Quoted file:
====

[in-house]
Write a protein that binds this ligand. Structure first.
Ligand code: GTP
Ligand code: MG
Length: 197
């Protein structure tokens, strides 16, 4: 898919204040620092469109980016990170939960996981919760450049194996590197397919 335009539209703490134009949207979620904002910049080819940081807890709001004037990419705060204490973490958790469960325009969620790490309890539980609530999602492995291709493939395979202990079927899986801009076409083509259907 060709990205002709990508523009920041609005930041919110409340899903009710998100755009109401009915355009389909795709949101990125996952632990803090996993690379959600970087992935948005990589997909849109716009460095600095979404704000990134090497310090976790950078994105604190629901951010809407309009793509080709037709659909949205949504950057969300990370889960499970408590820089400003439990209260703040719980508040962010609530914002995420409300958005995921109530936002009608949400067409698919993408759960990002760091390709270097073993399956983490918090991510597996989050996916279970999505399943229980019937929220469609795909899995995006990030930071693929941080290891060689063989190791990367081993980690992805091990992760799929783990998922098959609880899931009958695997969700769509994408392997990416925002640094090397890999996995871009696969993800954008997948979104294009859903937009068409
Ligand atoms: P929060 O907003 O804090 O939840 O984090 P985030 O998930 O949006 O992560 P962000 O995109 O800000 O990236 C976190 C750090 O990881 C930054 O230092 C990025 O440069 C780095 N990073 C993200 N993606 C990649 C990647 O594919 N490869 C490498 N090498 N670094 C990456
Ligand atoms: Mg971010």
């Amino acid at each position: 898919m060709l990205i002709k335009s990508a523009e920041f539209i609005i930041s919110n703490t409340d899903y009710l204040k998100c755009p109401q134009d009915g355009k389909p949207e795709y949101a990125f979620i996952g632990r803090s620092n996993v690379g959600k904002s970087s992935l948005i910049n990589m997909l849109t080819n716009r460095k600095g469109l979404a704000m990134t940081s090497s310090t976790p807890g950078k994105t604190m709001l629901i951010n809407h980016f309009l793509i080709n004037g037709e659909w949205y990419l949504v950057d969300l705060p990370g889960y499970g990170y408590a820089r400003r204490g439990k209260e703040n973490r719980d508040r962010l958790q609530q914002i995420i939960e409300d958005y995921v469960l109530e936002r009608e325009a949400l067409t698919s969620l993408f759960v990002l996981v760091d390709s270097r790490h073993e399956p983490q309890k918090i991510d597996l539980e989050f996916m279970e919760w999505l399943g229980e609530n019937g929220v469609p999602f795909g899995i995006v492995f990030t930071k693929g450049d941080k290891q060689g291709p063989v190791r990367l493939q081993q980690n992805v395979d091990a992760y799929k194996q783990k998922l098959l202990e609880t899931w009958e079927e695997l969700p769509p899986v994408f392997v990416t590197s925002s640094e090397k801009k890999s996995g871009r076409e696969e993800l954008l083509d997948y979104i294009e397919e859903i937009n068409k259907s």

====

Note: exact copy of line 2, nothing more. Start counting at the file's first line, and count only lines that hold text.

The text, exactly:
Write a protein that binds this ligand. Structure first.